Capon or Chicken in Gravy, c. 1390

While preparing the menu for my upcoming Easter-themed medieval cookery class, I came across a great dish that fits all of the criteria: simple, relatively fast and uses hard-cooked eggs. Easter follows the Catholic tradition of observing Lent, a six-week period of religious devotion and observance that includes fasting and abstinence from certain types of…

German Stewed Turnips / Köel Ruben (1604)

Turnips were a staple food item in Europe for centuries. In ancient Rome, Pliny the Elder wrote that next to corn and beans, there was “no plant that is of more extensive use” than the turnip. During the medieval and renaissance eras they were inexpensive, easy to grow and survived the cold of winter. Root…

Ris Engoule – Rice in Beef Stock

Today’s medieval recipe is from the 14th century French recipe collection known as Le Viandier de Taillevent. Ris Engoule is a simple rice dish not intended to be eaten during Lent or on a Fast day. The source manuscript was possibly written as early as 1300 but the collection is generally attributed to Guillaume Tirel…

Lombard Chicken Pasties

Few foods are as stereotypically “medieval” as the pasty (PASS-tee), a small meat pie in the shape of a semi-circle. Because of their compact size, pasties were perfect meals for busy medieval urbanites and were an ideal street food for travelers. They could be eaten hot or cold and could be wrapped to-go and eaten…

A Civil War Era Pineappleade

I decided to take a break from the medieval cookery manuscripts and try something a little closer to home. Today’s recipe is a very simple infused pineapple drink that is perfect for the summer! This one comes from a book called Six Hundred Receipts Worth their Weight in Gold by John Marquart, published in Philadelphia in…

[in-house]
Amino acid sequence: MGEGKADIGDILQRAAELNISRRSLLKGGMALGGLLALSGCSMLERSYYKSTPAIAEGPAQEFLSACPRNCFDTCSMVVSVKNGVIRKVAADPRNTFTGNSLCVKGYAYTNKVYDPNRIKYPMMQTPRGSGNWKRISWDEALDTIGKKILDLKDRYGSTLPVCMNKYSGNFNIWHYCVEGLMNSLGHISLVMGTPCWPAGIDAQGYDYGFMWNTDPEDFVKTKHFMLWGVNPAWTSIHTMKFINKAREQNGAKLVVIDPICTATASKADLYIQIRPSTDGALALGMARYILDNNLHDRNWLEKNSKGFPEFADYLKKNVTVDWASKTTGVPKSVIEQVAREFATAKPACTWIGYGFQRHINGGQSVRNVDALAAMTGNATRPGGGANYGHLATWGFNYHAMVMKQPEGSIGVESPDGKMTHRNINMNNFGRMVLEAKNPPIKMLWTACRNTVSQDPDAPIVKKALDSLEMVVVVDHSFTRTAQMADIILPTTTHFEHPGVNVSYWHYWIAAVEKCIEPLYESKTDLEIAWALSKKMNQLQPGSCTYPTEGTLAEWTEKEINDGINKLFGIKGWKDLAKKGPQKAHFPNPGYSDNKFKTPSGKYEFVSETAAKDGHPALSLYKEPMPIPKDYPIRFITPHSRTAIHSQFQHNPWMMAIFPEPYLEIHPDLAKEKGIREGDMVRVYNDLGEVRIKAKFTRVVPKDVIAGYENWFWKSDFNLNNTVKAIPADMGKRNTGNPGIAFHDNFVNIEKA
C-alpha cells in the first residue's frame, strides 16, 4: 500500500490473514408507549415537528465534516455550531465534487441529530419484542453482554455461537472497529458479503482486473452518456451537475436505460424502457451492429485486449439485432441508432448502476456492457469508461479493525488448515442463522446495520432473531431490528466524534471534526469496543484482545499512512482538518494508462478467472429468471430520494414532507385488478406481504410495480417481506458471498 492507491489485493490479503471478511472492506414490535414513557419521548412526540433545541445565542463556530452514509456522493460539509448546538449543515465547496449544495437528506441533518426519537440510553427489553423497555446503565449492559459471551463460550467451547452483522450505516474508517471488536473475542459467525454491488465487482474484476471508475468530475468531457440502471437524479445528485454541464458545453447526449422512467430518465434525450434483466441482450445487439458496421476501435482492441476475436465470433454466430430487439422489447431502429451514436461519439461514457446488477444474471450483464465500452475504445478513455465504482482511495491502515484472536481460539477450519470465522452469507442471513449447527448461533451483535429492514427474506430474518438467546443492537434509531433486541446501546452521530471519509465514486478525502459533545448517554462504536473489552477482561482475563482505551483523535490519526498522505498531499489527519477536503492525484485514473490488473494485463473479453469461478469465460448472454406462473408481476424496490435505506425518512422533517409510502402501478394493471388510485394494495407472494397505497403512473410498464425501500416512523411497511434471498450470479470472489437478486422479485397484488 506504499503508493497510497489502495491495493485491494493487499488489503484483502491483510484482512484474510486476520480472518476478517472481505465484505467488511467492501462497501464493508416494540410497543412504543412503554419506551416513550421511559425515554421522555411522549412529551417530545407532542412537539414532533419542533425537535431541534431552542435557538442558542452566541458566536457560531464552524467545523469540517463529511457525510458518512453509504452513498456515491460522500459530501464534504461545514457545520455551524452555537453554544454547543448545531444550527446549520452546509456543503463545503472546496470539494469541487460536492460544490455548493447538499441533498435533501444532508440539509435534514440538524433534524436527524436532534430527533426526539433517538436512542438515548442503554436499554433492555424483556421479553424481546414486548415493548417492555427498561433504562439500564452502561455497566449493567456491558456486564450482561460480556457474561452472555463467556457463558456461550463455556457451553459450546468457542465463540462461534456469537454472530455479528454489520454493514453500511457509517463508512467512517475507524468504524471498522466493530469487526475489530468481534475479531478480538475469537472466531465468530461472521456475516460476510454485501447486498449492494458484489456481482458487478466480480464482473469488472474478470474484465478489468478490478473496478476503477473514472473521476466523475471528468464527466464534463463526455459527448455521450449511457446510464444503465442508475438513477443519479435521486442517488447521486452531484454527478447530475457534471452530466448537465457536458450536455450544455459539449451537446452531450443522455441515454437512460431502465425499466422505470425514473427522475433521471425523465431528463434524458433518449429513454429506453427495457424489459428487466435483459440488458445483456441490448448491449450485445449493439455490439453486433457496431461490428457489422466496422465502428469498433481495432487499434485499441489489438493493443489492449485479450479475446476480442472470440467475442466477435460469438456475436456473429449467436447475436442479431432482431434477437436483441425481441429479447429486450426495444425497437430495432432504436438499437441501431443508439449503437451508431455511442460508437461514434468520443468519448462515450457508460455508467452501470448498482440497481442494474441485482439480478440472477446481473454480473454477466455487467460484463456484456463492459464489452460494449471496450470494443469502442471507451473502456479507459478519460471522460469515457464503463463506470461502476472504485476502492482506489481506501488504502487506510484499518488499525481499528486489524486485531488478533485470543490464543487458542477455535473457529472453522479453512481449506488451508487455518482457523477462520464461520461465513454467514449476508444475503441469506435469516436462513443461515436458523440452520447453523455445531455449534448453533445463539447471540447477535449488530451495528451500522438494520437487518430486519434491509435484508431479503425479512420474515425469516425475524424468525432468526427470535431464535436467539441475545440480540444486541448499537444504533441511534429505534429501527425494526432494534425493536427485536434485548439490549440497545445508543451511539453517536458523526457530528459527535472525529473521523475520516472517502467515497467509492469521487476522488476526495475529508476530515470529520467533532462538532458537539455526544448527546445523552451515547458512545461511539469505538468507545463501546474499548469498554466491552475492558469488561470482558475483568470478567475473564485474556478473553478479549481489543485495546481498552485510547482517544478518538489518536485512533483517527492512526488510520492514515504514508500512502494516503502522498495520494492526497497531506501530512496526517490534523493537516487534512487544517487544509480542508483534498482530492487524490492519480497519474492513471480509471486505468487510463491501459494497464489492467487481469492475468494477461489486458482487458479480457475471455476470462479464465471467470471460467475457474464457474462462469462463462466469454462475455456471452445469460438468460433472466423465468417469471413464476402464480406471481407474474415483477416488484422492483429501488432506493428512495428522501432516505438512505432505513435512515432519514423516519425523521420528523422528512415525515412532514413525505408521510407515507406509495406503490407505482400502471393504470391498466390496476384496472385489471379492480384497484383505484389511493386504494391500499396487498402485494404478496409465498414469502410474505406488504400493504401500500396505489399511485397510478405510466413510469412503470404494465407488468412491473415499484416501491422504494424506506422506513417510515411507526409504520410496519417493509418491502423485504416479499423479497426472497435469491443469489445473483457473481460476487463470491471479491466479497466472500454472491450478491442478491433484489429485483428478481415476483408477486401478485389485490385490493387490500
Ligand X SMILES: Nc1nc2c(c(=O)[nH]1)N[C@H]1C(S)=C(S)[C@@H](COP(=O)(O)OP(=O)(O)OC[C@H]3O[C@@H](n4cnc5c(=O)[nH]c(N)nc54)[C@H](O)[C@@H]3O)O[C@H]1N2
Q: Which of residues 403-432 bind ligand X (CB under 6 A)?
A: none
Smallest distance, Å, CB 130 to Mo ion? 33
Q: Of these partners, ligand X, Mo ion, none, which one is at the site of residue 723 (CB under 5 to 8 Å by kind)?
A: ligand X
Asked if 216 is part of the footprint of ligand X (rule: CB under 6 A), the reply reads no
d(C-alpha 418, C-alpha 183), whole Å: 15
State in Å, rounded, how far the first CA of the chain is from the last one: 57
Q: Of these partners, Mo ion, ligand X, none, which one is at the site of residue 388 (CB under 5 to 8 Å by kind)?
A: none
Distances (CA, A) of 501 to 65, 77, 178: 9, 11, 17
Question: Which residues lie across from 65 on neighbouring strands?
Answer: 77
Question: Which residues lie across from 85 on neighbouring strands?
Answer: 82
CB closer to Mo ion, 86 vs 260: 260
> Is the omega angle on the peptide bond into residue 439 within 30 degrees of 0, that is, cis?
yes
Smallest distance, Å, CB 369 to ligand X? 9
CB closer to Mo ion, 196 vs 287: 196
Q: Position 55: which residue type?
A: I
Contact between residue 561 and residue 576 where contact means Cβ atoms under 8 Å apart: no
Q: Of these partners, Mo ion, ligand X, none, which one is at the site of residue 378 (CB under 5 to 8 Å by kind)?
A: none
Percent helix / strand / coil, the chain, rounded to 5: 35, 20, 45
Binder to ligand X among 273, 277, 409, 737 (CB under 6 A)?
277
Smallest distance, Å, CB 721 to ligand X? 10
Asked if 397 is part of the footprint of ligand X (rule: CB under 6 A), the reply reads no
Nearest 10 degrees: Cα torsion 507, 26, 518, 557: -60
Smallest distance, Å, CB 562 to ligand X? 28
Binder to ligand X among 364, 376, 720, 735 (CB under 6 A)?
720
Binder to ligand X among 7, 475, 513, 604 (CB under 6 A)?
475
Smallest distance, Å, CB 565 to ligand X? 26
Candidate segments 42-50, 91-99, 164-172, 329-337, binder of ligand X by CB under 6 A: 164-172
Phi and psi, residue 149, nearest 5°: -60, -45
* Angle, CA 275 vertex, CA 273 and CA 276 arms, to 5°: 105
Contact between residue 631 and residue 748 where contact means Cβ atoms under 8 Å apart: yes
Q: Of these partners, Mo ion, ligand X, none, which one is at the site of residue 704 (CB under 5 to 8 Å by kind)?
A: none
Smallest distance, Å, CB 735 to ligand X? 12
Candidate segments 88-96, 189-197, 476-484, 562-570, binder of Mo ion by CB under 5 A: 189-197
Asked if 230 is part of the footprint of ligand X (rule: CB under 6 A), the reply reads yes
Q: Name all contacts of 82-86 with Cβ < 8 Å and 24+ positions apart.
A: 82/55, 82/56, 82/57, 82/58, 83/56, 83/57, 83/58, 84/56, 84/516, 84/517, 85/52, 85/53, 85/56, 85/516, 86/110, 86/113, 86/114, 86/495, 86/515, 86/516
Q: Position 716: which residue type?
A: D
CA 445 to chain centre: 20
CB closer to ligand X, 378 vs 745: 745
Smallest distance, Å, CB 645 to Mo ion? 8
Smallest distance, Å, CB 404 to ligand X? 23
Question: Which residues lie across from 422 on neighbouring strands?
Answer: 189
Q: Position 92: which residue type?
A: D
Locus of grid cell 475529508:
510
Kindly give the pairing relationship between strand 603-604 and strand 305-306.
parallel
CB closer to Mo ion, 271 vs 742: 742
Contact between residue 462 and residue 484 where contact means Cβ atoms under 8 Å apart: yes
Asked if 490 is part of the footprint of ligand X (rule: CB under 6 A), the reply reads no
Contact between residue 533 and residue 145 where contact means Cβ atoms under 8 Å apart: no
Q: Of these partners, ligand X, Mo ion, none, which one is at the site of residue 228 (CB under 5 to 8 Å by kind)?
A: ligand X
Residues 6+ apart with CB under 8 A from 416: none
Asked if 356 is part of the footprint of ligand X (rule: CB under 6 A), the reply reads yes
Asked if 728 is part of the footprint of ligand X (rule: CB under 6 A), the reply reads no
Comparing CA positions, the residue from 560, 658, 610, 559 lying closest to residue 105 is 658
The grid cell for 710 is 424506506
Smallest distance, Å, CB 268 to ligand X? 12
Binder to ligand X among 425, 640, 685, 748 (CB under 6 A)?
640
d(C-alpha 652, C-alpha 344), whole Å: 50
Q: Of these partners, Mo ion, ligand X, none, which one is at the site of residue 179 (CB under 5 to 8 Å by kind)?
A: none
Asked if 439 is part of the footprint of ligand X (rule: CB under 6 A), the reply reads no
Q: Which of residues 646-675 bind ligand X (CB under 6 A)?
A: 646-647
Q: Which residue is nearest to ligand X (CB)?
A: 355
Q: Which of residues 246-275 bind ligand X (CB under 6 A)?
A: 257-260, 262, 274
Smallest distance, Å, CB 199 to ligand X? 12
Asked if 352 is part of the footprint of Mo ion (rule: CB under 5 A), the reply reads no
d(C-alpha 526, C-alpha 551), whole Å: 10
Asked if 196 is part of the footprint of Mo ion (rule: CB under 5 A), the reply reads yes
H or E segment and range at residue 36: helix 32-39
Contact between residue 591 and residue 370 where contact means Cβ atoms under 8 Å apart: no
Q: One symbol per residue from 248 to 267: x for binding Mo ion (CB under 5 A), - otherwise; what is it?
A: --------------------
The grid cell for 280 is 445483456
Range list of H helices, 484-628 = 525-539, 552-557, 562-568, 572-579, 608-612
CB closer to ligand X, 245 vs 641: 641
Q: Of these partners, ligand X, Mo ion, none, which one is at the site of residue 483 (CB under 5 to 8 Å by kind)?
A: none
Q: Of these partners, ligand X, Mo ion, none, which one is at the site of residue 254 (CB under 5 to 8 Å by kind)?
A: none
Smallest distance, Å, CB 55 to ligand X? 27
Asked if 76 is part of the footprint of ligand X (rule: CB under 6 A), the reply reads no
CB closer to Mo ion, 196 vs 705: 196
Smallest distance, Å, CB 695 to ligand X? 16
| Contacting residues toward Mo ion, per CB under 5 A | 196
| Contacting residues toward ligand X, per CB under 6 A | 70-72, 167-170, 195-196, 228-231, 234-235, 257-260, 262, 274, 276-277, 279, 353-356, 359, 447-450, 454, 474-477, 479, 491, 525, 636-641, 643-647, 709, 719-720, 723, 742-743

Italian Blackberry Sauce, c. 1464

There is no shortage of 15th century Italian recipes thanks to Maestro Martino de Rossi, a well known and influential “celebrity” chef who worked in some of the greatest kitchens of late Medieval/Renaissance Italy. In 1464/65 he wrote Libro de Arte Coquinaria (The Art of Cooking), which is widely considered to be the first modern…

Apple Muse: an Ancient Apple Pottage

Apple Muse was an extremely popular medieval dessert, likely enjoyed in some form at every level of society due to the availability of the three core ingredients. There are many versions of this recipe found in a variety of manuscripts but often under different names: Appylmoes, apulmos, appillinose, etc. All versions I’ve found call for apples,…

Erbeßsuppen, a Medieval Pea Soup

Today’s recipe is yet another popular medieval pottage: Pea Soup. If you want to know more about pottages, read my previous post on the subject. This recipe comes from a German cookbook called Ein New Kochbuch by Max Rumpolt, head cook for Daniel Brendel of Homburg, Elector of Mainz. This cookbook was, according to all…